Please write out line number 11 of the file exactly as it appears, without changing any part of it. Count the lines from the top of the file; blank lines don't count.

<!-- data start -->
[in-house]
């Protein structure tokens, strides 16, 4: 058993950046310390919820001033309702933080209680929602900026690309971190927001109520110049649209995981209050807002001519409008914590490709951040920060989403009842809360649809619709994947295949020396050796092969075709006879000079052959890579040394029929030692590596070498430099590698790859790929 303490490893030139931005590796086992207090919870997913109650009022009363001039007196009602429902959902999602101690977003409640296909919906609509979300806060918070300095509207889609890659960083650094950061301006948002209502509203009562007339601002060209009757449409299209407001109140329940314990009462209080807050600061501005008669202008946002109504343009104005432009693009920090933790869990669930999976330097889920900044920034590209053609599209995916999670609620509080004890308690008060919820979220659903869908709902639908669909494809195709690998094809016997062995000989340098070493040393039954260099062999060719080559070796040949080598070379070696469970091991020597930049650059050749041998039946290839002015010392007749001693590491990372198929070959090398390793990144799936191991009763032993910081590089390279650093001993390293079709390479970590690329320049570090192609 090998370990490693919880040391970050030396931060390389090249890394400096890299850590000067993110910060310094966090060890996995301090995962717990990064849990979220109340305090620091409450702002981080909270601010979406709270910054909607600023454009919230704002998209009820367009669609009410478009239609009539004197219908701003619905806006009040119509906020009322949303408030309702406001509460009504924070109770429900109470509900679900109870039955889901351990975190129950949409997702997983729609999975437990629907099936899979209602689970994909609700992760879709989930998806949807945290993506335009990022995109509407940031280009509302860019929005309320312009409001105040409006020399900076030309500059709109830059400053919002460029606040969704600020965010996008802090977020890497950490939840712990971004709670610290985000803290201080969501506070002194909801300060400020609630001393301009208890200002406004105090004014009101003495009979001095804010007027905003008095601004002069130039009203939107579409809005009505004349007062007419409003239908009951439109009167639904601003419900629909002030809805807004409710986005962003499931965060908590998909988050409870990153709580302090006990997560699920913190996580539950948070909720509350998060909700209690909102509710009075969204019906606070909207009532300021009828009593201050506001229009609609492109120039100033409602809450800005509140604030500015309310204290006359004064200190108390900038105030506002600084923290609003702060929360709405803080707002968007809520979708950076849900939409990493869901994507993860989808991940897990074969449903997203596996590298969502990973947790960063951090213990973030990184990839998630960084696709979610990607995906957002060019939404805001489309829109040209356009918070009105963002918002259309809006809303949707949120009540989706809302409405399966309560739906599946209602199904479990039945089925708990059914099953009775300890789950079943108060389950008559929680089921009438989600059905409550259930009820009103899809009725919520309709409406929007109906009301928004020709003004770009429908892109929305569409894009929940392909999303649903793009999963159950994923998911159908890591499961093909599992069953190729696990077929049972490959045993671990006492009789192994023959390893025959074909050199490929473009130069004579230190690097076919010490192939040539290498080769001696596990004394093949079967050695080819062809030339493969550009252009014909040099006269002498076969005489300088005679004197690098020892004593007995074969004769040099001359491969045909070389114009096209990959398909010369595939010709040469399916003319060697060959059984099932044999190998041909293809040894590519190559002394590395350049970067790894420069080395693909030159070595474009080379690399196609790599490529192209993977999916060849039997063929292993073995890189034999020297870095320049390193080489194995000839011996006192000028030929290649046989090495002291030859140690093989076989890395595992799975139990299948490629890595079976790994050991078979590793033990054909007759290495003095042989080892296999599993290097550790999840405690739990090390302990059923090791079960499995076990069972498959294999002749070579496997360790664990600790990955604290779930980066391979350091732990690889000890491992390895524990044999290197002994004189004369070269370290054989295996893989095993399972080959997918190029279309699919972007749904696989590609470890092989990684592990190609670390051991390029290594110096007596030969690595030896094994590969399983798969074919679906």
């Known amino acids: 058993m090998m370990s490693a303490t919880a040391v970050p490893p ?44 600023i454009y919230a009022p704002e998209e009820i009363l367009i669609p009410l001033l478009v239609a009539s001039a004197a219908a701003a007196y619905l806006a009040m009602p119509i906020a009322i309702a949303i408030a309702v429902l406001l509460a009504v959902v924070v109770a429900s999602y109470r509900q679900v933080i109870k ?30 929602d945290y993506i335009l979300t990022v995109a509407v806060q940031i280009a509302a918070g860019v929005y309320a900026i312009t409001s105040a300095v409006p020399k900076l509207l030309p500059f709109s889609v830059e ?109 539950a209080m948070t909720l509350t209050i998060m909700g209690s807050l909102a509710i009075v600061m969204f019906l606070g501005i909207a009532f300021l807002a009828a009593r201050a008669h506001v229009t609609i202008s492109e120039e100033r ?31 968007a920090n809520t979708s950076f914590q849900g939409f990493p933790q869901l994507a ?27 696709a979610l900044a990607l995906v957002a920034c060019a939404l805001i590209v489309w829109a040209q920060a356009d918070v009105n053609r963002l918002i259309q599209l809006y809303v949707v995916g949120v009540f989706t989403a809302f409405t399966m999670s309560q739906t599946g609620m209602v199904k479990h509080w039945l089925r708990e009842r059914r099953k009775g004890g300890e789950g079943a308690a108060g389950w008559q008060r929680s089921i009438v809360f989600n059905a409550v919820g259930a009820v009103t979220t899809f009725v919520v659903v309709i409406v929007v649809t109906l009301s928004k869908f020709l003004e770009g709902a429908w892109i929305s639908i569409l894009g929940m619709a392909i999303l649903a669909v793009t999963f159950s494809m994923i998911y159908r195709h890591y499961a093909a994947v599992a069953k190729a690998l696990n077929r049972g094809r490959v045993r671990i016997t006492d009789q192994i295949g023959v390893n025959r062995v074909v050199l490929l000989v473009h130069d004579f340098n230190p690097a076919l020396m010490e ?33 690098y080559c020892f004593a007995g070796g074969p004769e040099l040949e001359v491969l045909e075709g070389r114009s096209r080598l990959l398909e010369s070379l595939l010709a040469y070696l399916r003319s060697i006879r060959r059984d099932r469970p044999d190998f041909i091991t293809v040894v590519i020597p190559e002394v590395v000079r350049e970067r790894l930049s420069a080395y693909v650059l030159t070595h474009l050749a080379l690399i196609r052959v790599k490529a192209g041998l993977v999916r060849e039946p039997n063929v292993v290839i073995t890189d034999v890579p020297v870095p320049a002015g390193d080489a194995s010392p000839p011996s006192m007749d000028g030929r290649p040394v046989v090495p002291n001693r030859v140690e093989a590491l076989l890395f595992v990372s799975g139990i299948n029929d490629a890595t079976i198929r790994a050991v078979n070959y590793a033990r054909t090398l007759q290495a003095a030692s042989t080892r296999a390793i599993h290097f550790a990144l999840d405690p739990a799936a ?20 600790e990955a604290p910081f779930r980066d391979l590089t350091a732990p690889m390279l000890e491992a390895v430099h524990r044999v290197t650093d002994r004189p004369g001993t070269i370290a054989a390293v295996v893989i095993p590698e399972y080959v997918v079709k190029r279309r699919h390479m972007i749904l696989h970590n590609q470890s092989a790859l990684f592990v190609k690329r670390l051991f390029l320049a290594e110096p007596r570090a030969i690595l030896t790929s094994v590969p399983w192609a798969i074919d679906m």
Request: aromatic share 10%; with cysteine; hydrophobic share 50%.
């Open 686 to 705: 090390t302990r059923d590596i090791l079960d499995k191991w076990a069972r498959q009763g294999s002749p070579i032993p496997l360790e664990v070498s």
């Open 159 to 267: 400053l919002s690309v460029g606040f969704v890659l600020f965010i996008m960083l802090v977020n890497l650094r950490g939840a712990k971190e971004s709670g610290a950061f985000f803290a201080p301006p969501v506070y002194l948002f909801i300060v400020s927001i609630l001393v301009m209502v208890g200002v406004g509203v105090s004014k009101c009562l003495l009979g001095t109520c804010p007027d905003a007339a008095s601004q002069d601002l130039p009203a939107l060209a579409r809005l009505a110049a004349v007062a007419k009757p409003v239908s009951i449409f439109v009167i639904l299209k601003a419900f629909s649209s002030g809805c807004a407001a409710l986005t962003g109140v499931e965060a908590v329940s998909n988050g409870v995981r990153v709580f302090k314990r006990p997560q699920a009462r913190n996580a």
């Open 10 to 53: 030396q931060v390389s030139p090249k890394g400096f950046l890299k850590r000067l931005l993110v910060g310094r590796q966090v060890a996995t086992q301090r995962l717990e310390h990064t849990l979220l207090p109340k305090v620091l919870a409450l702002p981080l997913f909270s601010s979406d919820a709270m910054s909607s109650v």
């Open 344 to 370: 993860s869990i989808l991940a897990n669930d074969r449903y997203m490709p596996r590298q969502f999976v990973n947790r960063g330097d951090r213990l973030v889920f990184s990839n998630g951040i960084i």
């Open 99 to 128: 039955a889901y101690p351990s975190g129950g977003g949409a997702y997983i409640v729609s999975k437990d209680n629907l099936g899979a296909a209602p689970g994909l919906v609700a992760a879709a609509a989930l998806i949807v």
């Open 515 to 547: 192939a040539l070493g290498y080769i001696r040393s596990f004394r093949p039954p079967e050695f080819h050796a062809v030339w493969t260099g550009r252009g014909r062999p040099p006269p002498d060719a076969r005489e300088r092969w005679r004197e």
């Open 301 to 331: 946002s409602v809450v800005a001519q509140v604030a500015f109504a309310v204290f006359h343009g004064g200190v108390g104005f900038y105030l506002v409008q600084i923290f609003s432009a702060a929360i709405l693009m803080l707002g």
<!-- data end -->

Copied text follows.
């Open 301 to 331: 946002s409602v809450v800005a001519q509140v604030a500015f109504a309310v204290f006359h343009g004064g200190v108390g104005f900038y105030l506002v409008q600084i923290f609003s432009a702060a929360i709405l693009m803080l707002g």